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    Why did he not want to consider swinr? Dr shores i believe is the specialist of swine? Anyone? He was in south carolina or somewhere and now in mississipi? Cant remember but if it was my dog, id ask for a phoneconsult with him to be ultra informed.
    Mom of Blondie aka The Monster, my furry daughter and loyal friend!!!!!!!!

  6. #16
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    Quote Originally Posted by Karlin View Post
    I think we all pretty much agree that no one can make determinations on success of a given type of surgery from single tales of success or failure. I, like many other people, am really anxious to see some actual published, peer-reviewed articles on the different methods of treatment from meds to surgery.

    At the moment I confess that I do not believe the claims for the mesh surgery quite jibe with the bulk of actual cases that I have come across -- eg claims being made that there are rarely complications or that almost no dogs need follow on meds. Almost every dog I know of that has had the titanium mesh is on at least one medication and many have had follow on complications, some including very severe pain. Probably not more complications or difficulty than with regular decompression, and perhaps there is indeed a better long term result due to limitation of scar tissue, but nothing has yet been published that looks at medium to long term results of these different surgeries. I have not seen any presentation that incorporates in some of these anecdotal stories of infection, poor results, pain or to any significant degree, continued need for meds. I have to believe that the people who post about these issues must represent many others who do not post -- so it just seems to me that there is a gap between claims around follow up cases, and actual experience.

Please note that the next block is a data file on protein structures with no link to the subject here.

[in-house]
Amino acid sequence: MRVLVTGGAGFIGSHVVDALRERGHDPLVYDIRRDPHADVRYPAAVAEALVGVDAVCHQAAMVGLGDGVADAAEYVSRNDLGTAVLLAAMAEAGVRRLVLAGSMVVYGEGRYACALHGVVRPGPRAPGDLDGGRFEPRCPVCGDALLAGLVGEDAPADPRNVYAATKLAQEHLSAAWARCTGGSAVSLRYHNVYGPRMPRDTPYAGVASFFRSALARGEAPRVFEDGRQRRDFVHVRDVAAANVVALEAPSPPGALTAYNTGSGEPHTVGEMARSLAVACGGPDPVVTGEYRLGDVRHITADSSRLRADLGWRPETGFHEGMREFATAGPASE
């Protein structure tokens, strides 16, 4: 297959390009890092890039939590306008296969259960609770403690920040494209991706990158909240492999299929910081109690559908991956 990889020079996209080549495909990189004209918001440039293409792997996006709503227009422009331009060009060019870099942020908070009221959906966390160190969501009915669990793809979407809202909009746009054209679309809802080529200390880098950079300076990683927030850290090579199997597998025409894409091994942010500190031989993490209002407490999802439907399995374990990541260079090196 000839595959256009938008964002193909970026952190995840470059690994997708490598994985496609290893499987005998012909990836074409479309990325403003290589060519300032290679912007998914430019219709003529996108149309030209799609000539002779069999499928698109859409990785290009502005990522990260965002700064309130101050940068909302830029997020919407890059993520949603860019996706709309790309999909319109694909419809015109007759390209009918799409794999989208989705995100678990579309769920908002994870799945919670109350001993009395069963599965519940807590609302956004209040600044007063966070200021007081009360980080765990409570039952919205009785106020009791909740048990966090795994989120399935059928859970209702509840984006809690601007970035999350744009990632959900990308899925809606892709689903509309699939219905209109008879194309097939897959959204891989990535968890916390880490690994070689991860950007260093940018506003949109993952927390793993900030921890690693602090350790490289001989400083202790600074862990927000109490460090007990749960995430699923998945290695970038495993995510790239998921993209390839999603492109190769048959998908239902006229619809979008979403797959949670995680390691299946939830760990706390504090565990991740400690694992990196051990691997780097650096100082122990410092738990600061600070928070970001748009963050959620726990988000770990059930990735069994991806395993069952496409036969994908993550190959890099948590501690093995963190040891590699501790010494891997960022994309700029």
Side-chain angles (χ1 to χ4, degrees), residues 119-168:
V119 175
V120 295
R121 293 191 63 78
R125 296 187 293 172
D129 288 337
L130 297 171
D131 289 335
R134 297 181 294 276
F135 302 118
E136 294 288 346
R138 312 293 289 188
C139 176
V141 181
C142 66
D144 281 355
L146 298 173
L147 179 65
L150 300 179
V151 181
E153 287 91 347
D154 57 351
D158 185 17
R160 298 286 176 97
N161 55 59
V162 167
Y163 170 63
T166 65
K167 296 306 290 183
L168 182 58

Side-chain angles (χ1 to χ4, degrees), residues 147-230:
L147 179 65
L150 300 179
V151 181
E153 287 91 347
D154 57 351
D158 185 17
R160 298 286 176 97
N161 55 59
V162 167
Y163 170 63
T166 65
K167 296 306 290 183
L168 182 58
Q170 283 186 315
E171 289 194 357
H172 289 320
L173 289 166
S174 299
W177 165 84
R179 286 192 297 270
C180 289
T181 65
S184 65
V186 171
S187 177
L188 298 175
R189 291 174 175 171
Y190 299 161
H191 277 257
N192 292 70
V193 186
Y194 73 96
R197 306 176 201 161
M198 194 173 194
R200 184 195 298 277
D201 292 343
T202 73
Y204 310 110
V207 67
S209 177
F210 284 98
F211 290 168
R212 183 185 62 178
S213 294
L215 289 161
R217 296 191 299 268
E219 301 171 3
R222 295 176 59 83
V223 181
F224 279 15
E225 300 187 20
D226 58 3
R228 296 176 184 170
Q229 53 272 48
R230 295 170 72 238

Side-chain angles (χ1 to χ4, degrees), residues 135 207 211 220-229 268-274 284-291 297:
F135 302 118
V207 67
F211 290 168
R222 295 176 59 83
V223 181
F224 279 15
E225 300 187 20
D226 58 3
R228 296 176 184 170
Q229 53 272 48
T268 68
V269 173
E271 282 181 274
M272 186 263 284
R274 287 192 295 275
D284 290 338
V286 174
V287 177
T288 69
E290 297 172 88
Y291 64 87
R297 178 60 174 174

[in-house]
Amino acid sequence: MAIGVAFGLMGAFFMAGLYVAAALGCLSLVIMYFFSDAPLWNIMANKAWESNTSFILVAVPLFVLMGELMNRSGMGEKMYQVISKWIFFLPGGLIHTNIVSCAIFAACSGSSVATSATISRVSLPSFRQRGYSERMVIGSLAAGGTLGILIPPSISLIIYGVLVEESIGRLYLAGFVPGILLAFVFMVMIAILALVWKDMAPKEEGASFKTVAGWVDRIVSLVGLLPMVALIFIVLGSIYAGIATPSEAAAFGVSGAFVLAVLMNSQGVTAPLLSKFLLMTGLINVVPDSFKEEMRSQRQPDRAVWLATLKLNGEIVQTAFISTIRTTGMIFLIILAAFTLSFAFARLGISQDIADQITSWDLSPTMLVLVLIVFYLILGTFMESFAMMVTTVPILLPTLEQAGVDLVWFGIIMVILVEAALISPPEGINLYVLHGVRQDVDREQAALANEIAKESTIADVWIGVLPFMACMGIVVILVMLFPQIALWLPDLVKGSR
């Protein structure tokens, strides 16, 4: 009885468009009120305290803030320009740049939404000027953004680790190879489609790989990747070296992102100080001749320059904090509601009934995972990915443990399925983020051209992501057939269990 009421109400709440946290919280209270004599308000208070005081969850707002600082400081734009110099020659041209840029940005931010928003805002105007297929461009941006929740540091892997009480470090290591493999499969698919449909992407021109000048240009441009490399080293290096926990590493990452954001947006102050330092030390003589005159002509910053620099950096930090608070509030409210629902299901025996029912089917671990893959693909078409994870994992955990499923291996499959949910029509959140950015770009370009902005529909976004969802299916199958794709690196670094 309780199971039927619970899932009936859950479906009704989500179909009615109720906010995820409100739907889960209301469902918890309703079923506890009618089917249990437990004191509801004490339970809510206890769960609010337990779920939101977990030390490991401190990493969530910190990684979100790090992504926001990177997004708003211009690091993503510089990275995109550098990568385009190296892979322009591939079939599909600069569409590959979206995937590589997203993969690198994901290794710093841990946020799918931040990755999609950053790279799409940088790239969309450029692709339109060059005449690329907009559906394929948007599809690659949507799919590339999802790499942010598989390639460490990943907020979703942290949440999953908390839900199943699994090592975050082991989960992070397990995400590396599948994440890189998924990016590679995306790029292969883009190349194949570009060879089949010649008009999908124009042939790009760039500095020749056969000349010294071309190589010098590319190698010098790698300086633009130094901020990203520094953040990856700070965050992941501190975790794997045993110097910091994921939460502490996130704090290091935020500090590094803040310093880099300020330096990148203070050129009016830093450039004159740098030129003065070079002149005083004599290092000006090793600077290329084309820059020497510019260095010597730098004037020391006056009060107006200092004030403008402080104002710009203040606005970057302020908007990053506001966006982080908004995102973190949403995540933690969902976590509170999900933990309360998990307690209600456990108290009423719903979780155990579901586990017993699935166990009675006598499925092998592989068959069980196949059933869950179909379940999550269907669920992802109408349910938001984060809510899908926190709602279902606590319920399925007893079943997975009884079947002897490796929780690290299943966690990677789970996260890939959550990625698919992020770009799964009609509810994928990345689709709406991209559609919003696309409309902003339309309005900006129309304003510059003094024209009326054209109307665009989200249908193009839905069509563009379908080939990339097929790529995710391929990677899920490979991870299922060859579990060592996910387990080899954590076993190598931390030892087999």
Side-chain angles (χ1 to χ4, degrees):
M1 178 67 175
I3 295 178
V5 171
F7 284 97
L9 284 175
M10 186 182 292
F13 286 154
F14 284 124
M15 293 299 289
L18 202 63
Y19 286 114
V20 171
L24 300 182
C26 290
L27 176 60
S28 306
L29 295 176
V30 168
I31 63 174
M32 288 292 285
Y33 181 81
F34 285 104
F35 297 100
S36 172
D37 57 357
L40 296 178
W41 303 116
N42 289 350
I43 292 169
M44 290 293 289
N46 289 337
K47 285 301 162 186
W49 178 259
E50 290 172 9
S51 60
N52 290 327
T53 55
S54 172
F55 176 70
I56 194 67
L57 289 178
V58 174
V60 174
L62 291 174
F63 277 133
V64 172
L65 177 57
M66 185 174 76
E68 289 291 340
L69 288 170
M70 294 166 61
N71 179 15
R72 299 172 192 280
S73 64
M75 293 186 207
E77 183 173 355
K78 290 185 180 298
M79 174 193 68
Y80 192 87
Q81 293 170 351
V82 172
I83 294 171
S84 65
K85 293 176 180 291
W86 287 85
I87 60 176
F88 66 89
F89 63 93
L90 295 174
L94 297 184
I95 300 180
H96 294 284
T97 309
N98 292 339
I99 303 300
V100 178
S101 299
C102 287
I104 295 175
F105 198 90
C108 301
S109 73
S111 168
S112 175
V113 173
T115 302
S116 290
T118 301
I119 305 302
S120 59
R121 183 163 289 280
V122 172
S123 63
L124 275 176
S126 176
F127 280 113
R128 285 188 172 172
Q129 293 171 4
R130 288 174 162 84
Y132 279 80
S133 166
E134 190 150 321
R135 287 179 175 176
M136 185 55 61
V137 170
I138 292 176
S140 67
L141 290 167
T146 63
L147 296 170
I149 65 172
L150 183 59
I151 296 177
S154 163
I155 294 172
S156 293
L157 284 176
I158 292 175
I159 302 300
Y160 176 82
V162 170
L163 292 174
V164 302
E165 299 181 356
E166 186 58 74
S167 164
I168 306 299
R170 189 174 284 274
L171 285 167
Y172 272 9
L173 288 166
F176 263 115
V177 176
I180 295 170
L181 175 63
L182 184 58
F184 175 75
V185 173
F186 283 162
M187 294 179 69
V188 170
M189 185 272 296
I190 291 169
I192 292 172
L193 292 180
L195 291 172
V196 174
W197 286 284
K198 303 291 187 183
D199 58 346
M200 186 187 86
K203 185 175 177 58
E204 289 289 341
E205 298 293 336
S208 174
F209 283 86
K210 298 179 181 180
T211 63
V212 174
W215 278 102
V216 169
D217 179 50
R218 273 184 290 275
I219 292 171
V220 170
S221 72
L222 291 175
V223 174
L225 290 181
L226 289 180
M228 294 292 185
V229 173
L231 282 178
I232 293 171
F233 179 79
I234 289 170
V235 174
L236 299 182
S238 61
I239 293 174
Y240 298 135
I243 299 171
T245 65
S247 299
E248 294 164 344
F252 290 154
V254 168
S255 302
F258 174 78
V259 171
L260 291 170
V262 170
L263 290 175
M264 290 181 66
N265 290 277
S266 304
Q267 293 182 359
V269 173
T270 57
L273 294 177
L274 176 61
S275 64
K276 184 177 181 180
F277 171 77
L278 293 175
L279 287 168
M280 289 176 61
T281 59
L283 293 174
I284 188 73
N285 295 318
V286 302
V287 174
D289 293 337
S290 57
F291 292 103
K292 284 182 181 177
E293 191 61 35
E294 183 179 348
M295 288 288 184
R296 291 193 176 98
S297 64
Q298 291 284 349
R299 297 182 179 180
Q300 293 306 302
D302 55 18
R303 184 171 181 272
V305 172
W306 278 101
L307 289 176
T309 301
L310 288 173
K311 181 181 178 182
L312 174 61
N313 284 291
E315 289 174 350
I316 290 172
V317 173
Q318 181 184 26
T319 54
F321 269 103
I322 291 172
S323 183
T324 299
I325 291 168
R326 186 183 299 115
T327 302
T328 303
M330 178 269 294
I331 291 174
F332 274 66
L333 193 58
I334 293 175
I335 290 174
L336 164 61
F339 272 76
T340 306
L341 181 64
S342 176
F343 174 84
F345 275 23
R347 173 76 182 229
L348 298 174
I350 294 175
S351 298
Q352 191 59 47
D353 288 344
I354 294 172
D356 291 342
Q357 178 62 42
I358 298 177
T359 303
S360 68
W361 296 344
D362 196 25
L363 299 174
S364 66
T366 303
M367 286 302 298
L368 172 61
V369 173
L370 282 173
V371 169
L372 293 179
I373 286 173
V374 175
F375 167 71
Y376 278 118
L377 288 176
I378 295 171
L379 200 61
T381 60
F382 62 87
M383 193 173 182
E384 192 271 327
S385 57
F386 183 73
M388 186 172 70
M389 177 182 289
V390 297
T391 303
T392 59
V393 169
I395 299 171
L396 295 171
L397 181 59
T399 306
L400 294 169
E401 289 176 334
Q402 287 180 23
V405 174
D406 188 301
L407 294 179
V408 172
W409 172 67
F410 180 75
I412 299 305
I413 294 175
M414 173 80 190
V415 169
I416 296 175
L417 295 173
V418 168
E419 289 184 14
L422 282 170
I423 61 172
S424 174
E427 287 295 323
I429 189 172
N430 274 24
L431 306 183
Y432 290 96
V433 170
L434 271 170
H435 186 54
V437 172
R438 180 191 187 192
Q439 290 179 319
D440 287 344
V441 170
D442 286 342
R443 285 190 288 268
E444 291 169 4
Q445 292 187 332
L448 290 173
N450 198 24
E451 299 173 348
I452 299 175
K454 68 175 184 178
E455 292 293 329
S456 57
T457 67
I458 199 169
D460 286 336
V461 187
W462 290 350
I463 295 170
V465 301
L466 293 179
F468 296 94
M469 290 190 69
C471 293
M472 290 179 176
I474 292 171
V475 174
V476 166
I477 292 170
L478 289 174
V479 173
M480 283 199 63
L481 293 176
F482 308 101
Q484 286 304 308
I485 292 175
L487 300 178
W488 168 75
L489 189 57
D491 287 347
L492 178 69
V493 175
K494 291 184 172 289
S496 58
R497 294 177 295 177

I also do not think that using swine tissue gives noticeably different results than the other forms of decompression which just use variations on swine tissue. It is simply a fatty tissue patch of one kind or another.

    At this time I would take claims for results with a grain of salt especially if there is a material benefit to anyone for doing a surgery over other types of approach and a lack of published results or if these are out of kilter with what owners report.

    I do think that in some cases surgery is probably the only option -- serious symptomatic cases for example, and particular, any dog under 2-3 with significant symptoms and especially obvious pain. If I had such a dog I would opt for surgery.

    Prednisone is a fairly heavy level of medication to give a dog as a permanent necessity post surgery. Not that there's any issue with needing it, but it again underlines that it isn't quite the case that certain types of surgery have no need for medications afterwards. I have wondered how careful and broad the followup is for many of the dogs post surgery because I think many do start to have symptoms and owners go to their vet or a different neurologist that is perhaps closer for adding on medications.

    Or maybe the only people I come across are those with dogs that do not do as well as the claims made for 'most dogs'.

    I would simply say that I am not convinced that one form of surgery for decompression is significantly better than any other, because I know of equal numbers of successes and failures offhand for most approaches to decompression and some do not fit with claims made for individual approaches made for certain approaches. I have attended presentations over the years by several of the people doing the various approaches to this surgery and know many people who have opted for various types of surgery.